17. The complete mitochondrial genome of the mantid shrimp Oratosquilla oratoria (Crustacea: Malacostraca: Stomatopoda): Novel non-coding regions features and phylogenetic implications of the Stomatopoda.

    Science.gov (United States)

    Liu, Yuan; Cui, Zhaoxia

    2010-09-01

    The complete mitochondrial (mt) genome sequence of Oratosquilla oratoria (Crustacea: Malacostraca: Stomatopoda) was determined; a circular molecule of 15,783 bp in length. The gene content and arrangement are consistent with the pancrustacean ground pattern. The mt control region of O. oratoria is characterized by no GA-block near the 3' end and different position of [TA(A)]n-blocks compared with other reported Stomatopoda species. The sequence of the second hairpin structure is relative conserved which suggests this region may be a synapomorphic character for the Stomatopoda. In addition, a relative large intergenic spacer (101 bp) with higher A+T content than that in control region was identified between the tRNA(Glu) and tRNA(Phe) genes. Phylogenetic analyses based on the current dataset of complete mt genomes strongly support the Stomatopoda is closely related to Euphausiacea. They in turn cluster with Penaeoidea and Caridea clades while other decapods form a separate group, which rejects the monophyly of Decapoda. This challenges the suitability of Stomatopoda as an outgroup of Decapoda in phylogenetic analyses. The basal position of Stomatopoda within Eumalacostraca according to the morphological characters is also questioned.

  18. On the presence of the Mediterranean endemic Microdeutopus sporadhi Myers, 1969 (Crustacea: Amphipoda: Aoridae in the Gulf of Naples (Italy with a review on its distribution and ecology

    Directory of Open Access Journals (Sweden)

    M. B. SCIPIONE

    2013-10-01

    Full Text Available The species Microdeutopus sporadhi (Crustacea: Amphipoda: Aoridae, endemic of the Mediterranean Sea, was described by Myers in 1969 on material collected from the Aegean Sea in a sheltered environment with high sedimentation rates. A check on the distribution and ecology of M. sporadhi showed that: — although not mentioned in the checklist of amphipods of the Italian seas, it was already found in the central Tyrrhenian Sea in 1983-84 and in the northern Adriatic Sea in 2002-03; — it was rarely found in the Mediterranean Sea, one of the most studied basins as concerns amphipod fauna; but notwithstanding the few records available, the wide ecological spectrum of this species was pointed out. The present study, conducted off the Island of Ischia (Gulf of Naples, Italy, showed the presence of rich and well established populations through time, but only in a peculiar substratum (artificial collectors and environment (low pH values. The species seems to be able to withstand harsh environmental conditions and probably to conceal itself through a cryptic behaviour, escaping traditional sampling methods. The role of rare or hidden species in bio-assessment should be re-evaluated.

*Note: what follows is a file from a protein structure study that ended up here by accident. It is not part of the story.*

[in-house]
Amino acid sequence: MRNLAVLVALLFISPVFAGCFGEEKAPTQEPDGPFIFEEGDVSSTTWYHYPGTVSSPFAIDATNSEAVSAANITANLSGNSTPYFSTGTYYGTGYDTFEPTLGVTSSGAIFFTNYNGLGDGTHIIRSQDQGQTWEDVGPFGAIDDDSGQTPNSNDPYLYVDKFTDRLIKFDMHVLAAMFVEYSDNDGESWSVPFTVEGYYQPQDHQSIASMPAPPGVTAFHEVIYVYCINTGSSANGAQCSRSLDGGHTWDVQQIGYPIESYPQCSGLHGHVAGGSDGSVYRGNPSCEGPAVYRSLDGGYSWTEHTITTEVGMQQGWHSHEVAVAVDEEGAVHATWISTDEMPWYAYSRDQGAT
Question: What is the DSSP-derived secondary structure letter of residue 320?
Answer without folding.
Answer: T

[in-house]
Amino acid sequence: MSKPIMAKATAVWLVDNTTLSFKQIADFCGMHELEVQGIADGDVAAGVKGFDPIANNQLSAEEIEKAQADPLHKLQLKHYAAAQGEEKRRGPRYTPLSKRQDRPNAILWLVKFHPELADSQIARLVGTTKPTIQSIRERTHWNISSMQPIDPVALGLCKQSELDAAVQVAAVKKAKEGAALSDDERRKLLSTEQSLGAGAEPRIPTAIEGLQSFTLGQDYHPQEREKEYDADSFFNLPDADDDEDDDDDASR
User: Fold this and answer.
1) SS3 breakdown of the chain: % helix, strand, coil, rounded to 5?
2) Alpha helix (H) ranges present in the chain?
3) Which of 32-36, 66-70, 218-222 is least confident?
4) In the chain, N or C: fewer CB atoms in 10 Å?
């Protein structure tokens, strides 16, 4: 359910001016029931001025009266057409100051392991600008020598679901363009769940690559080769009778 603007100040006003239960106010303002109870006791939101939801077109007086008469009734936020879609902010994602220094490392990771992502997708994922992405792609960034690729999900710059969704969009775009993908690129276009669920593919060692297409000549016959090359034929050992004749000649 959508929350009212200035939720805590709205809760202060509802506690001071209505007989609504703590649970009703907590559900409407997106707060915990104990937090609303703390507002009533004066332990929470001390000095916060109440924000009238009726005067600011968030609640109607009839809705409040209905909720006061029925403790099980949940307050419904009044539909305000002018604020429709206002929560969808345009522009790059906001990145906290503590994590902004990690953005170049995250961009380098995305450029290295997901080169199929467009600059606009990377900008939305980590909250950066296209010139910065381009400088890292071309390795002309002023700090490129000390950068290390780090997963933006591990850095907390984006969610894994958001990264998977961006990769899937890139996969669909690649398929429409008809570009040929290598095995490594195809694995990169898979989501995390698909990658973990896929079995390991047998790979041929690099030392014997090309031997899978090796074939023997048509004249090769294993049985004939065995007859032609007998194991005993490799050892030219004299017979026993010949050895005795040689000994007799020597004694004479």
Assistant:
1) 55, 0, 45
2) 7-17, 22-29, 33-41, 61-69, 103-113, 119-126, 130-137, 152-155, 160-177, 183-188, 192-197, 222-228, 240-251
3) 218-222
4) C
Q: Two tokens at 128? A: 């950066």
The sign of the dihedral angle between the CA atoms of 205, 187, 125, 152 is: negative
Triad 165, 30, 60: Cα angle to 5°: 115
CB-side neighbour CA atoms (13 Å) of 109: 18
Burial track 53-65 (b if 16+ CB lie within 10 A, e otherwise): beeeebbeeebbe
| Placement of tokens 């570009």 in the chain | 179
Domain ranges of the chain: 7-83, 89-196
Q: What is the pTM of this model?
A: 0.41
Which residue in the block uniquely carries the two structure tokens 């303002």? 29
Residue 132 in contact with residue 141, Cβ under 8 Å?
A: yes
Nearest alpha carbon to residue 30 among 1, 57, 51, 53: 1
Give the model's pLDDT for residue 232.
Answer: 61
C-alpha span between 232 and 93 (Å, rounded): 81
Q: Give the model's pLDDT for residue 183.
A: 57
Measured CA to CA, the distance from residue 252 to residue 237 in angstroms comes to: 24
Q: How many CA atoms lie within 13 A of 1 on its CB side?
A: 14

19. On the presence of the Mediterranean endemic Microdeutopus sporadhi Myers, 1969 (Crustacea: Amphipoda: Aoridae in the Gulf of Naples (Italy with a review on its distribution and ecology

    Directory of Open Access Journals (Sweden)

    M. B. SCIPIONE

    2013-07-01

    Full Text Available The species Microdeutopus sporadhi (Crustacea: Amphipoda: Aoridae, endemic of the Mediterranean Sea, was described by Myers in 1969 on material collected from the Aegean Sea in a sheltered environment with high sedimentation rates. A check on the distribution and ecology of M. sporadhi showed that: — although not mentioned in the checklist of amphipods of the Italian seas, it was already found in the central Tyrrhenian Sea in 1983-84 and in the northern Adriatic Sea in 2002-03; — it was rarely found in the Mediterranean Sea, one of the most studied basins as concerns amphipod fauna; but notwithstanding the few records available, the wide ecological spectrum of this species was pointed out. The present study, conducted off the Island of Ischia (Gulf of Naples, Italy, showed the presence of rich and well established populations through time, but only in a peculiar substratum (artificial collectors and environment (low pH values. The species seems to be able to withstand harsh environmental conditions and probably to conceal itself through a cryptic behaviour, escaping traditional sampling methods. The role of rare or hidden species in bio-assessment should be re-evaluated.

  20. The water flea Daphnia magna (Crustacea, Cladocera) as a test species for screening and evaluation of chemicals with endocrine disrupting effects on crustaceans.

    Science.gov (United States)

    Tatarazako, Norihisa; Oda, Shigeto

    2007-02-01